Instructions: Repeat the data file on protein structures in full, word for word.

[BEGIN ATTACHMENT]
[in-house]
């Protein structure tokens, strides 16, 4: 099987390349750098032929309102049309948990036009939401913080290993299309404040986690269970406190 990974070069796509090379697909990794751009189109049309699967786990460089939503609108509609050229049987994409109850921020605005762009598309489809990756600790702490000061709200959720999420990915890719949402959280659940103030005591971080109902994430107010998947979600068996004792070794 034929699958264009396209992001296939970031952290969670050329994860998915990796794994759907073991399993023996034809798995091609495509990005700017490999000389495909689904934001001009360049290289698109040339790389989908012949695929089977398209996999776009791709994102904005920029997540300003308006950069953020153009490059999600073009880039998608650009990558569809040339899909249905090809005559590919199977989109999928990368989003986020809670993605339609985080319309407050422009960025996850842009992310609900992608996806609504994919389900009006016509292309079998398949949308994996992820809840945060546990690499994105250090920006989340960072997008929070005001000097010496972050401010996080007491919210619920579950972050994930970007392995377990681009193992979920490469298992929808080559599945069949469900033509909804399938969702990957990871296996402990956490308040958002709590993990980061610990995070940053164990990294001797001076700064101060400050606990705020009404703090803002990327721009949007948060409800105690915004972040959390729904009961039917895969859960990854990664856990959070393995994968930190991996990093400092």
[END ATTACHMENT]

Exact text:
[in-house]
């Protein structure tokens, strides 16, 4: 099987390349750098032929309102049309948990036009939401913080290993299309404040986690269970406190 990974070069796509090379697909990794751009189109049309699967786990460089939503609108509609050229049987994409109850921020605005762009598309489809990756600790702490000061709200959720999420990915890719949402959280659940103030005591971080109902994430107010998947979600068996004792070794 034929699958264009396209992001296939970031952290969670050329994860998915990796794994759907073991399993023996034809798995091609495509990005700017490999000389495909689904934001001009360049290289698109040339790389989908012949695929089977398209996999776009791709994102904005920029997540300003308006950069953020153009490059999600073009880039998608650009990558569809040339899909249905090809005559590919199977989109999928990368989003986020809670993605339609985080319309407050422009960025996850842009992310609900992608996806609504994919389900009006016509292309079998398949949308994996992820809840945060546990690499994105250090920006989340960072997008929070005001000097010496972050401010996080007491919210619920579950972050994930970007392995377990681009193992979920490469298992929808080559599945069949469900033509909804399938969702990957990871296996402990956490308040958002709590993990980061610990995070940053164990990294001797001076700064101060400050606990705020009404703090803002990327721009949007948060409800105690915004972040959390729904009961039917895969859960990854990664856990959070393995994968930190991996990093400092």